What is our primary use case?
Commvault is used to back up all environments that we are hosting in our data centers. It goes from physical machines to virtual machines, and from legacy environments to our latest environments. It goes from Windows Servers, Linux servers, AIX for IBM servers, and we also back up a lot of databases, including Microsoft SQL, MySQL, PostgreSQL, Db2, SAP Hana, and Oracle. It also handles specific workloads like Exchange and SharePoint. We also have a lot of physical agents that we use on Windows and Mac OS machines. We use a lot of agents in our environments.
The solution is hosted on-prem and we're currently backing up only on-prem workloads. We are planning to back up cloud workloads in the future. We are going to start a proof of concept for backing up Office 365 and other things, but at the moment we only back up on-prem workloads.
How has it helped my organization?
Something that really made a difference for us when we implemented Commvault, is that before we used Commvault we had at least three different backup solutions. With Commvault we were able to consolidate all the backup solutions in one. Currently, we have more than 26,000 jobs running every day in Commvault. We back up all our environments within the data center. And we have an SLA for backup success of more than 99.5 percent. For us, using Commvault is really a relief. We don't have to worry much about the backups. Every morning, when we look at the report coming from Commvault, we only have a few jobs to check. Most of the time, the jobs that have failed are because of an issue with the server that was being backed up, and not because of the Commvault software. This is really a platform that we can rely on for backups.
Commvault provides us with a single platform to move, manage, and recover our data across our on-premise environment. Every morning, on the operations side, we receive one report which shows just the backups that failed because we don't have to worry about the successful ones. Our operations people have to look at the failed jobs. It automatically opens a ticket for them. Our operations people spend about 30 minutes on all the backup jobs during the day, correcting whatever issues there are.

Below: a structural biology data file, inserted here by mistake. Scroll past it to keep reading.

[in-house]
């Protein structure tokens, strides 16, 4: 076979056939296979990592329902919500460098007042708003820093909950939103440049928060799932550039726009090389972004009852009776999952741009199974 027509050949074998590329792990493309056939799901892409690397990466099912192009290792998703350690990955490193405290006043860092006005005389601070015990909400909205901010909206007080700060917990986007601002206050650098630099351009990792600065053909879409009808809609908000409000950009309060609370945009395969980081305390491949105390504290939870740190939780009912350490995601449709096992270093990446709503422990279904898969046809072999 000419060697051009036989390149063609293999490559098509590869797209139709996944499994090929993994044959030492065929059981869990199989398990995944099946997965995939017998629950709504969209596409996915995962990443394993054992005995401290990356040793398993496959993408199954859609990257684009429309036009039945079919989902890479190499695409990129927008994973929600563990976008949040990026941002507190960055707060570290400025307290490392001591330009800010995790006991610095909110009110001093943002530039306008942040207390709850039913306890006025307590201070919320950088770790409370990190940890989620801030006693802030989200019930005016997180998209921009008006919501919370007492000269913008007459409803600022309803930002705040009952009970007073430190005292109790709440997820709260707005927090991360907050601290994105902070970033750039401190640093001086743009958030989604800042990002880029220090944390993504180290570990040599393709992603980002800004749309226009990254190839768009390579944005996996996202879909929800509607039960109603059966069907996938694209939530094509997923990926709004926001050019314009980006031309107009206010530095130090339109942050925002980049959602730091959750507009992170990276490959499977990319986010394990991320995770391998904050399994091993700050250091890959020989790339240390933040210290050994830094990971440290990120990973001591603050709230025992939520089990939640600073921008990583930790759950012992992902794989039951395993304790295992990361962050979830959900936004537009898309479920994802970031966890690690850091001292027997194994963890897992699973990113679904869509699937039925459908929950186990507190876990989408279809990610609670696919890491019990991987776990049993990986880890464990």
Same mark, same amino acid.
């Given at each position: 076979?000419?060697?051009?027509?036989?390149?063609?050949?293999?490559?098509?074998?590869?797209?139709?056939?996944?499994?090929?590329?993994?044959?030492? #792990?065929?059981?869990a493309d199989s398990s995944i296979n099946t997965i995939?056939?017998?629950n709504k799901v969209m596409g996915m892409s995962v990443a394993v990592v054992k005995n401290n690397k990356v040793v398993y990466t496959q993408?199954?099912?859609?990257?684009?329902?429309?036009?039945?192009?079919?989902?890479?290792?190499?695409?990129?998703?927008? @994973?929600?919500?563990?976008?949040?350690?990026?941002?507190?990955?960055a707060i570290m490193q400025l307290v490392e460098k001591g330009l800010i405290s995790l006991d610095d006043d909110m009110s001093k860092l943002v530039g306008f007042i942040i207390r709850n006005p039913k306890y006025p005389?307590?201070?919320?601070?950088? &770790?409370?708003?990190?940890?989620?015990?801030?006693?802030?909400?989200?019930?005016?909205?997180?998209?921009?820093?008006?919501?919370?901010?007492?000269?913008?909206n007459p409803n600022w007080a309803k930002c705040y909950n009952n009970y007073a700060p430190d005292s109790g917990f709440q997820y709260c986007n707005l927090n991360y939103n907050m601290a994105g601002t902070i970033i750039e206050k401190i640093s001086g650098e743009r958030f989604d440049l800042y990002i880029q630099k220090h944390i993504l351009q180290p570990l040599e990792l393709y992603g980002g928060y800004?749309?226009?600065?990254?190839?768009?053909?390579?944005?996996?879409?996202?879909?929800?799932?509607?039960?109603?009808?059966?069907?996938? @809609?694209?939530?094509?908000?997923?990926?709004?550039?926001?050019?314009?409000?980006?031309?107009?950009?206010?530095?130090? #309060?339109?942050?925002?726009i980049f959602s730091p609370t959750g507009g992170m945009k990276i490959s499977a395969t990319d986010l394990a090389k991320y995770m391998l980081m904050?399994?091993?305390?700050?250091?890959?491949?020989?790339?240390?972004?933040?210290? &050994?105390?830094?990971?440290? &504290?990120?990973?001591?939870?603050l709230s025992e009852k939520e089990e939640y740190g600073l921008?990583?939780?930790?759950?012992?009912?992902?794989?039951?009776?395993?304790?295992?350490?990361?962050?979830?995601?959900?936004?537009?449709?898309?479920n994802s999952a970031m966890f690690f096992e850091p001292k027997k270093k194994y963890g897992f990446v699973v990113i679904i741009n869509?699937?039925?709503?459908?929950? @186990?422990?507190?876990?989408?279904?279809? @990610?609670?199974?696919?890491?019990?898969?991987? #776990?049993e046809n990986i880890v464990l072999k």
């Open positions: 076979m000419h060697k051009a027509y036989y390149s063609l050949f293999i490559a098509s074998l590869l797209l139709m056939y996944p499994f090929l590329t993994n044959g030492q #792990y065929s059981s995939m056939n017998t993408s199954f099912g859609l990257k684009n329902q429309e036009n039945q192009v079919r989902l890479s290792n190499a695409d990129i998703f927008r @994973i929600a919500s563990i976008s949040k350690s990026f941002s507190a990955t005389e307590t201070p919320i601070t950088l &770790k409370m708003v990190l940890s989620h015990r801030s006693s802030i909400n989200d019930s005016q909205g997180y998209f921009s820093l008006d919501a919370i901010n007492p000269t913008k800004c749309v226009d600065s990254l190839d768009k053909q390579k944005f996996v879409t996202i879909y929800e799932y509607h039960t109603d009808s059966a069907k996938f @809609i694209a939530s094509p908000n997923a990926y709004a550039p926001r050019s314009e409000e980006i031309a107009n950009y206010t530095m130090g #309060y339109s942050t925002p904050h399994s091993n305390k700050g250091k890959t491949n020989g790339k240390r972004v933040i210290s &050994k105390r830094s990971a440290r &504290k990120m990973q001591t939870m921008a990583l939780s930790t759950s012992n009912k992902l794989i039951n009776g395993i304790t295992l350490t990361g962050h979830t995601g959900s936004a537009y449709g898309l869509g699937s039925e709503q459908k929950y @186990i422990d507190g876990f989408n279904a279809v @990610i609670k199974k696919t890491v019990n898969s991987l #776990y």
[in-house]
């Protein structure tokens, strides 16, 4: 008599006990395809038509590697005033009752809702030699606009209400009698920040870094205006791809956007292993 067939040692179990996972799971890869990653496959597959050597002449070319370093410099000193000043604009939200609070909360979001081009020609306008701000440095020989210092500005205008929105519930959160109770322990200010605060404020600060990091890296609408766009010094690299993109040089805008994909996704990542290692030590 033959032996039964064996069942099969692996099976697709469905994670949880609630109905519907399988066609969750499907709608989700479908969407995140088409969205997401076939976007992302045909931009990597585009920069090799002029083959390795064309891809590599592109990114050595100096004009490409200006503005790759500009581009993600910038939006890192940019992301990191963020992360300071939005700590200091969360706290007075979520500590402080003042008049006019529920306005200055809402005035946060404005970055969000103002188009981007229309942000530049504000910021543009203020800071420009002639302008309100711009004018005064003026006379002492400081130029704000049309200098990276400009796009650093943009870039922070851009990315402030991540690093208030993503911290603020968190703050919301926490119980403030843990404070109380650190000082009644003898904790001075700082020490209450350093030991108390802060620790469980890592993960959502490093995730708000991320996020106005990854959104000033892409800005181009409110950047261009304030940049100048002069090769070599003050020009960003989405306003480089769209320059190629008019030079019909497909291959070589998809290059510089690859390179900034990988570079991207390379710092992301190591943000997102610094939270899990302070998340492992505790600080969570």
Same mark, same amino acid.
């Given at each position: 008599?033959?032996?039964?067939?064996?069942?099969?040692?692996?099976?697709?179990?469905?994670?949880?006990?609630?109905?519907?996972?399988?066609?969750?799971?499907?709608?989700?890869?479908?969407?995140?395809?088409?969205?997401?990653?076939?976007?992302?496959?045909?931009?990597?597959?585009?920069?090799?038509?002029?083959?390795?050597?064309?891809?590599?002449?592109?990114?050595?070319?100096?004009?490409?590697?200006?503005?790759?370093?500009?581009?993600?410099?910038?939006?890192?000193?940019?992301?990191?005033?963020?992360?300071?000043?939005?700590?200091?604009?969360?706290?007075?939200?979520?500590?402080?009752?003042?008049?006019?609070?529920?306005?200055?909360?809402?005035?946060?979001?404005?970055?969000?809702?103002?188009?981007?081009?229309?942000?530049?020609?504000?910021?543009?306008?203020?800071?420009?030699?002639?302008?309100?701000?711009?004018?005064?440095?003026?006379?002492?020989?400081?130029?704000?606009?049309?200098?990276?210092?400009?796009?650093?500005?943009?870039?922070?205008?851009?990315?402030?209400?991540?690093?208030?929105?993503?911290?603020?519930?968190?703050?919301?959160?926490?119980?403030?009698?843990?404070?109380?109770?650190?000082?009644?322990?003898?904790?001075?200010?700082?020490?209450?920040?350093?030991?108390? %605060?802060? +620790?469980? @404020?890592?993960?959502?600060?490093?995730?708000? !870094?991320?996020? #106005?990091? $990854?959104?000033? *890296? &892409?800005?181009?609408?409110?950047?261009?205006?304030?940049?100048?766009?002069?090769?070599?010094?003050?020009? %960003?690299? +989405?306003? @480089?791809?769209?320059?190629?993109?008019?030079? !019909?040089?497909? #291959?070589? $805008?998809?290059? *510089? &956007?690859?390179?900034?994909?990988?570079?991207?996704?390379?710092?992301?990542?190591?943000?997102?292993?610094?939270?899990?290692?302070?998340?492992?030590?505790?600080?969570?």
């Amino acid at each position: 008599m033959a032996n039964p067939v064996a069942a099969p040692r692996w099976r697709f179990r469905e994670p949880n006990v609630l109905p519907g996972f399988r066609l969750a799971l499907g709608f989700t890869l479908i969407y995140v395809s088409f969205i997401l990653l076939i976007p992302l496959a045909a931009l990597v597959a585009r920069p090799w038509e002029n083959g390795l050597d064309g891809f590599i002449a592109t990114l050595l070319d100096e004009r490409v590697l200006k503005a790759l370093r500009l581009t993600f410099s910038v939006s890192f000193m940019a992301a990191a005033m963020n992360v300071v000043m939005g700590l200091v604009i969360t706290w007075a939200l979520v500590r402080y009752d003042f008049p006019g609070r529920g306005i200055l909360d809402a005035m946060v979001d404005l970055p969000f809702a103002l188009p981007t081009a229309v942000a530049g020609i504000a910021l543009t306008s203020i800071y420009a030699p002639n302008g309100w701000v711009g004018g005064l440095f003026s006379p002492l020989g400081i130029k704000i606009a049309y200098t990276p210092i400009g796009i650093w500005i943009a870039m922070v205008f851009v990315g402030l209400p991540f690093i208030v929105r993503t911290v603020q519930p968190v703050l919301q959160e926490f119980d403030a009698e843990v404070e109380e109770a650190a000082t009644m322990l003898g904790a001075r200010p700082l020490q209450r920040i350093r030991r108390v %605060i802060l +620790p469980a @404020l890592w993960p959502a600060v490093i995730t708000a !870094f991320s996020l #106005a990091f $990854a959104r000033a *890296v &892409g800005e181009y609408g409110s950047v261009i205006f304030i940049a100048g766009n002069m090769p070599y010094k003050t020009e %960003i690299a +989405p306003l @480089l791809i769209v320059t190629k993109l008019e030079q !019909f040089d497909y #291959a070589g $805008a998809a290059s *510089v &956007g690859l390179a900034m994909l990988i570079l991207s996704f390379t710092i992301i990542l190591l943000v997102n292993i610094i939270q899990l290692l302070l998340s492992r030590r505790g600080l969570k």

It saves our backup admins an hour a day, every day, on operational tasks because, instead of having to go to three different tools, they just look at everything in one tool. For us, an hour a day is a lot.
We have used Commvault to recover from accidental data loss or deletion or because people did the wrong things on a server. We use the restore functionality a lot on a day-to-day basis. We have never had to do full disaster recovery, and I do not expect we will reach that point. But I'm sure we could rely on the backup because we have never had a backup that we couldn't restore, so far. I fully rely on the data-reliability that we have with Commvault.
When it comes to recovery, we save time on the operational side. The operations are well-documented, the procedures are quite easy and the people here have been well-trained. So on the operational side, people can easily recover the data. But on the performance side, I don't think Commvault would be more performant than any other solution. It's more that with the good documentation and the good operational procedures that we have put in place, we are able to quickly recover. We have procedures for every recovery needed. If people need to recover data from any application, then we are ready.